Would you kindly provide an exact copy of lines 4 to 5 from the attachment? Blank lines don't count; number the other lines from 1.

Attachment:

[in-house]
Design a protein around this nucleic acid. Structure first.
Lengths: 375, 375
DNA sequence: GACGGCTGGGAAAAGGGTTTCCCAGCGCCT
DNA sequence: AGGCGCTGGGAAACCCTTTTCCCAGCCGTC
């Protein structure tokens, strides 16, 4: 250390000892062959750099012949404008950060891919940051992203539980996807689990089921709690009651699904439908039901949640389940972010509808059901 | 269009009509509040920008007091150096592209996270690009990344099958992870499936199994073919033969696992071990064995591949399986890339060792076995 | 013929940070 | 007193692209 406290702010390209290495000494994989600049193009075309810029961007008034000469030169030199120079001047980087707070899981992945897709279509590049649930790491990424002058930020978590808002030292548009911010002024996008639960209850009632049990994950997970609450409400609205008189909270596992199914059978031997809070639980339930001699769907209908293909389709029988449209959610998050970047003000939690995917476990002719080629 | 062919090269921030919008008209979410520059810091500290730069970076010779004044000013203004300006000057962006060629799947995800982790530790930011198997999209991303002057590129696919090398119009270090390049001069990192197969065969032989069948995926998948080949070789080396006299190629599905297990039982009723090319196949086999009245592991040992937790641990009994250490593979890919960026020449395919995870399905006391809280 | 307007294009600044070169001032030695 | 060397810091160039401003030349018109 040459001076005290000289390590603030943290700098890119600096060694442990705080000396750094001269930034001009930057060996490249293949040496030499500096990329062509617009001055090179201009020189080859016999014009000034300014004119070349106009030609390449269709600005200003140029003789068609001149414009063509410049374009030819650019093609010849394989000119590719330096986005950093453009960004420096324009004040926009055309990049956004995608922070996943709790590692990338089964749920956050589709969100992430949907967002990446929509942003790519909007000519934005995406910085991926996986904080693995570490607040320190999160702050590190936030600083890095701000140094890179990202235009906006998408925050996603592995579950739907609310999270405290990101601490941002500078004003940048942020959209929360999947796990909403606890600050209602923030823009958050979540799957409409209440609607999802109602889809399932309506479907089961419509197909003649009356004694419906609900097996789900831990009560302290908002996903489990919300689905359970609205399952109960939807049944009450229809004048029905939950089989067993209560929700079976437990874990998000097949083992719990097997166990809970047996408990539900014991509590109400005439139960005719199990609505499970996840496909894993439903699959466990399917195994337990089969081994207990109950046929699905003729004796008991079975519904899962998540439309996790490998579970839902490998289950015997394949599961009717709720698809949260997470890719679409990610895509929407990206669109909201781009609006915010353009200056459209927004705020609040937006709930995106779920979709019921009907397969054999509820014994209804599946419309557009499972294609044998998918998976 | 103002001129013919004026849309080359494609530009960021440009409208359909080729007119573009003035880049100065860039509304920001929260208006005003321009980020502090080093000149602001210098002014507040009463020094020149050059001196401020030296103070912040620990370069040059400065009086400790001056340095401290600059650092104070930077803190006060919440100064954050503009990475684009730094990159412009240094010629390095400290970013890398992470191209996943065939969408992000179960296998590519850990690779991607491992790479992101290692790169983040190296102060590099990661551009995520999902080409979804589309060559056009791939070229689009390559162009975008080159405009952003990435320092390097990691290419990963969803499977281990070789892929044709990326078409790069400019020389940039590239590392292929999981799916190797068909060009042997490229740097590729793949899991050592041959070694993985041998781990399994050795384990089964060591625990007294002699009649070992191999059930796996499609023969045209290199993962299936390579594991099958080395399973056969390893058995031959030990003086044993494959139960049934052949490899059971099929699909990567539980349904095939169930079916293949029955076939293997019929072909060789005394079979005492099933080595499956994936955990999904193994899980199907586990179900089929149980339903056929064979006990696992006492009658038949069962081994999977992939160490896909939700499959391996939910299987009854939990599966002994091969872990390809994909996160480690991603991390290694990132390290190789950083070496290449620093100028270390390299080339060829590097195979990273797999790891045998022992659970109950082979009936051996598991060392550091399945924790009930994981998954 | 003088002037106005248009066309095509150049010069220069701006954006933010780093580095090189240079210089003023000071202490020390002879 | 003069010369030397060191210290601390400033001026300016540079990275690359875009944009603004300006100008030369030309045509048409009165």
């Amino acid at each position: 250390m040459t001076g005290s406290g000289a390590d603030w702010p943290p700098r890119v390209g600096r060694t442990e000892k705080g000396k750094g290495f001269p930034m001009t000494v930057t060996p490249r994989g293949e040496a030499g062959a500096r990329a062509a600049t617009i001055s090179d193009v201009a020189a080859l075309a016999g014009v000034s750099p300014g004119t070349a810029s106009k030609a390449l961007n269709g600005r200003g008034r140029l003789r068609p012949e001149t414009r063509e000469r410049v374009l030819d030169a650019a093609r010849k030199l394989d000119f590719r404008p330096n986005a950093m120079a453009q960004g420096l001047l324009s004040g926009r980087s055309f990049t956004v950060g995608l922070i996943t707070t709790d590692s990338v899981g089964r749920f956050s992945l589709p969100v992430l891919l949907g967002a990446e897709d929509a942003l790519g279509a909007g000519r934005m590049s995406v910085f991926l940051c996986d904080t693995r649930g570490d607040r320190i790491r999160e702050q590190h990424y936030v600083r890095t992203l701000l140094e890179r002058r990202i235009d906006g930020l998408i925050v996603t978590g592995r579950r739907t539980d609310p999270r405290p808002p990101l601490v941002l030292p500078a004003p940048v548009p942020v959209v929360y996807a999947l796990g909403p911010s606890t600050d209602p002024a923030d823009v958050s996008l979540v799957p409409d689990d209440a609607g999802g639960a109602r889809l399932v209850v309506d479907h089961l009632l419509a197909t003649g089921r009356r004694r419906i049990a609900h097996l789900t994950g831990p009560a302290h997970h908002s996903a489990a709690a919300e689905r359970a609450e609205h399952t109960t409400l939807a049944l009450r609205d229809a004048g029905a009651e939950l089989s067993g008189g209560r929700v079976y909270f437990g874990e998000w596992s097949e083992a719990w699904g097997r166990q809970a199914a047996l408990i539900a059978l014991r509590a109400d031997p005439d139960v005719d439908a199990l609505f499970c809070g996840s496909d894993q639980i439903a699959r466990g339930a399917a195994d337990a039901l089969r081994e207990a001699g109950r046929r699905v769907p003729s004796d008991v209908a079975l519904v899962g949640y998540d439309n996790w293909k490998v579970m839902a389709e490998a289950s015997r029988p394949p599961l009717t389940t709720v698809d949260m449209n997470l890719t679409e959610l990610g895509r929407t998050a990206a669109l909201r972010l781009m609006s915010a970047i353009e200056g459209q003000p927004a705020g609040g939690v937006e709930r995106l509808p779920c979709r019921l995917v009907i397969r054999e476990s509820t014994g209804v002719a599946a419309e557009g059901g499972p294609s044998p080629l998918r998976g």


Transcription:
DNA sequence: GACGGCTGGGAAAAGGGTTTCCCAGCGCCT
DNA sequence: AGGCGCTGGGAAACCCTTTTCCCAGCCGTC